Monday, June 14, 2021

History of the Humble Disposable Bags

In the early 1800’s, thanks to the industrial revolution, the prices of many goods grew steadily cheaper. This corresponded to a boom in product sales and distribution. One of the products that costed less was paper. This was thanks to a 1799 invention of a machine that could mass produce it. A few vendors found that customers appreciated having their goods packaged and bound together in order to take home. Paper was the perfect material to protect items in transit. Twine was used to close the paper into a bundle and a loop could be added for a convenient handle. According to Pamela Klaffke in Spree: A Cultural History of Shopping, stores across Europe and America began to provide this packaging as a curtesy to their customers. 

In 1852, Mr. Francis Wolle received a patent for a machine that made a paper bag. It was the birth of the disposable bag.1 Incremental changes were made to improve the paper bag over the next century. Various designs and sizes were developed to accommodate a variety of needs. Almost 100 years later, Canadians Harry Wasylyk and Larry Hansen invented the plastic garbage bag in their kitchen in 1950. Prior to this people used paper bags or simply placed their garbage loose in the trash can. These green bags ushered in a more hygienic future. They were first used in Winnipeg General Hospital to help reduce the spread of polio during the polio epidemic. These trash can liners as they were originally known, finally became widespread in the 1960’s. Trash management has been easier ever since.2

An interesting side note is that, Wilhelm Wendt, owner and founder of the Swedish store Perstorp attempted to find a cost effective replacement for paper bags in the 1950s. He developed what is likely the first mass produced reusable shopping bag called Shopping Bag 329. His patented bag had some success in Europe. In the 1960’s disposable plastic shopping bags led to a decline in popularity of Shopping Bag 329. Ironically, the over-prevalence of plastic shopping bags and widespread knowledge of their negative environmental impacts led Perstorp to resurrect the design in the early 2000’s as reusable shopping bags gained popularity.3

Another major innovation happened in 1951 when Borge Madsen invented the plastic zipper. It functioned with a slider pull tab like a conventional zipper and was expensive to manufacture. It found limited use as a closure for packages and bags. Two brothers, Max Austin and Edgar Austin, saw promise in the idea and purchased the patent to start a company around it called Flexigrip. Over the next decade and multiple design iterations, they produced the first plastic zipper bag. It featured a press and seal zip closure rather than a slider pull tab design. In the mid-1960’s Dow Chemical approached the brothers for exclusive rights to make the product. Thus the famous Ziploc was born.4,5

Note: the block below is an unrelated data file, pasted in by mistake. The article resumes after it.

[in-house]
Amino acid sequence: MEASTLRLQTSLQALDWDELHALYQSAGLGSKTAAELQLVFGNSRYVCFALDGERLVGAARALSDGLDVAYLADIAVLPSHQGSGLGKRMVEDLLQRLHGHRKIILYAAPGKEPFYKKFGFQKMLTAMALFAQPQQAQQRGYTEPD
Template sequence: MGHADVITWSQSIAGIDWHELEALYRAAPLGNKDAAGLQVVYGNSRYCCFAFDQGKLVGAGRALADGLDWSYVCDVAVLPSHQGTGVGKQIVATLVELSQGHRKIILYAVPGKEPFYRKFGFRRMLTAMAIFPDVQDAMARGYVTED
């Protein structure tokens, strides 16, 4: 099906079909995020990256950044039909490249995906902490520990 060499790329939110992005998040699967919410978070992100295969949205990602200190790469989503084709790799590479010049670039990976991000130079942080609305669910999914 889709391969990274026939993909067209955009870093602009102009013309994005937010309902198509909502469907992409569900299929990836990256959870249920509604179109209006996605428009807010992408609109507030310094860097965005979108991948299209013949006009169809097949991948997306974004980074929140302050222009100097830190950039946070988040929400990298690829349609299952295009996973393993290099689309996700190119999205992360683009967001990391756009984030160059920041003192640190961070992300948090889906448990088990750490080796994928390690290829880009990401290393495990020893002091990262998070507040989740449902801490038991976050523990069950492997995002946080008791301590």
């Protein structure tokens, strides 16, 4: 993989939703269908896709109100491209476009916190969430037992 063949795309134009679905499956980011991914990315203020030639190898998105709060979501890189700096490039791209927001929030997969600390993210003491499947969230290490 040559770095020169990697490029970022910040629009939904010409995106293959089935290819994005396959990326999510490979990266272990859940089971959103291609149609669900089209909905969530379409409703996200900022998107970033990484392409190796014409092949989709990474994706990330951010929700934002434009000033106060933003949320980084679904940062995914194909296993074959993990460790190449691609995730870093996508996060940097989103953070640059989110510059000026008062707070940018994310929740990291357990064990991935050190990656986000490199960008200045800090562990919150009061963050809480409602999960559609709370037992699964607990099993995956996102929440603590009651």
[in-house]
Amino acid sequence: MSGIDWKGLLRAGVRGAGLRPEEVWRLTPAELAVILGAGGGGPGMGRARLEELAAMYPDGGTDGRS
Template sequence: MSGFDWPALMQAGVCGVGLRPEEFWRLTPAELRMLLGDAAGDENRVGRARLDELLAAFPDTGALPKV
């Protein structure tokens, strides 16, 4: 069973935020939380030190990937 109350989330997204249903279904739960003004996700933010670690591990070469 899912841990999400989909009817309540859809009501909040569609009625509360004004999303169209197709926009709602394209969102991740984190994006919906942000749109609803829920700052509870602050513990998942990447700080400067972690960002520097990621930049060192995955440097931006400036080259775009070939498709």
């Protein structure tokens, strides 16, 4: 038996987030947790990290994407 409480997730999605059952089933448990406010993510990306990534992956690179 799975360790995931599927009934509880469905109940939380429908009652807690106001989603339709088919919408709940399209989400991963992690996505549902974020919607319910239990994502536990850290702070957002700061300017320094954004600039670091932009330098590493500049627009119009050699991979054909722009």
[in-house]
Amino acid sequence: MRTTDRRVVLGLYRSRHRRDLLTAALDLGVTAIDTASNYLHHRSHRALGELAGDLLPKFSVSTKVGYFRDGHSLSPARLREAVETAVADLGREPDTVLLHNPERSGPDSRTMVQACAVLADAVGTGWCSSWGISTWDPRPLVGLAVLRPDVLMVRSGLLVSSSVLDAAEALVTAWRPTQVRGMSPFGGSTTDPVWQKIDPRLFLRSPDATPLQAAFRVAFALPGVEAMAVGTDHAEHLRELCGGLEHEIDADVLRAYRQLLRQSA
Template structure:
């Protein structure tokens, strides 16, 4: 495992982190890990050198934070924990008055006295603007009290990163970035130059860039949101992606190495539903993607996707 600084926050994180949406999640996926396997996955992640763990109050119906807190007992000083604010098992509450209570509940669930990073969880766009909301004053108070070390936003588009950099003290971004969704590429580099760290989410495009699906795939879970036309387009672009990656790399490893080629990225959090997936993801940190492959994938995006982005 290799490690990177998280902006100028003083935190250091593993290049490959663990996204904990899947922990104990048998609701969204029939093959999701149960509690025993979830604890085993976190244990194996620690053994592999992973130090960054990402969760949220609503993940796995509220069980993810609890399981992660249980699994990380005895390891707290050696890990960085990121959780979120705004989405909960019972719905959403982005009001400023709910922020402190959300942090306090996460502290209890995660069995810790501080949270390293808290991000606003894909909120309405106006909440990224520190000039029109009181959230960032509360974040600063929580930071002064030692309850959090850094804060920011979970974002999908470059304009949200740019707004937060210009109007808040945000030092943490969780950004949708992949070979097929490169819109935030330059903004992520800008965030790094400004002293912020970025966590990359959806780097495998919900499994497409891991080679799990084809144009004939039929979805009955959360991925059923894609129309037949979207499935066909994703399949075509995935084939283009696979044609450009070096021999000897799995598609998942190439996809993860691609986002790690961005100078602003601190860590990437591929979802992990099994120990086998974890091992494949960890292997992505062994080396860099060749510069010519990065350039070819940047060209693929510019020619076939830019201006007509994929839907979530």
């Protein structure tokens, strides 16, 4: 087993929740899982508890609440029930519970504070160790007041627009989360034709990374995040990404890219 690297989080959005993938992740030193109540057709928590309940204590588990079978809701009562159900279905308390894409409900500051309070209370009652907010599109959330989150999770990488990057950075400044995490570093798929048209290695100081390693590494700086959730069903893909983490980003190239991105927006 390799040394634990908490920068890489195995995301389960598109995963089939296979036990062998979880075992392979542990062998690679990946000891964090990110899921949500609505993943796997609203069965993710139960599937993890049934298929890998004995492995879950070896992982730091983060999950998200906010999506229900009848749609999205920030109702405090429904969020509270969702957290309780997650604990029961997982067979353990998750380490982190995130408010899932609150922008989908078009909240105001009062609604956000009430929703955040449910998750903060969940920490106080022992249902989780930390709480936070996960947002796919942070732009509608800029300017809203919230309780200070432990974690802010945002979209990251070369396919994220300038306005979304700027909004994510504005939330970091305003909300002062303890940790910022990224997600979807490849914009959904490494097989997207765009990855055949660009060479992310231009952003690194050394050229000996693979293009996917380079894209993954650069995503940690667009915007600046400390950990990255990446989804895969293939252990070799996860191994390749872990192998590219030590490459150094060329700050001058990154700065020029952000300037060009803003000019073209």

A major change in disposable bag technology came in 1965 when Sten Gustaf Thulin invented the first disposable but sturdy plastic shopping bag. His major idea was to add handles for easy carrying. The technology received mixed reviews from store clerks and was improved incrementally by various companies for several years. In 1982, grocery store chain Kroger settled on a winning design and switched from paper to plastic bags in their checkout lines. It was wildly successful and many other stores switched rapidly. This is the most common and versatile disposable bag around today.6

What do disposable bags have to do with the outdoors? Two major, and frequently overlooked, ways. Garbage bags have not only made our modern lives more sanitary, they have also improved the environment. Throwing trash in the street, in the river, or elsewhere was a common practice prior to the introduction of the disposable trash bag. This humble invention made trash collection much simpler, cheaper and more convenient. So, more trash is collected and disposed of in a more environmentally friendly landfill or recycling facility. Bagged trash tends to have less odor meaning wildlife is less likely to get into the trash exposing them to toxic chemicals or pathogens. In modern times, classic trash bags are seen in a less favorable light by environmentalists because they take so long to decompose. Thankfully, modern trash bags can be made of more earth friendly biodegradable plastics. Completely eliminating the disposable trash bag would definitely be worse for the environment. 

Second, disposable bags have made outdoor recreation infinitely better. Plastic bags are inescapable for the outdoor recreator. Nearly as soon as they became widely available, backpackers and all sorts of other outdoor enthusiasts adopted them. One of the very first how-to guidebook for backpacking was The Compete Walker printed in 1968. In it, author Colin Fletcher discusses several uses for plastic bags out on the trail.7 They can be used to package food, keep clothing and gear clean and dry, double as an emergency poncho, hold your trash, or simply keep your gear organized. 

While they are inseparable from outdoor pursuits, it is important to reuse your disposable bags as many times as possible to reduce excess waste and cost. Purchasing biodegradable bags is also an eco-friendly choice. This modern convenience did not come about by accident. It is a result of over 100 years of hard work and innovation. Next time you use a humble disposable bag, think about how much better it makes your life. Then recycle it. 

By David F. Garner







7. Colin Fletcher, The Complete Walker, 1968, p. 271, print.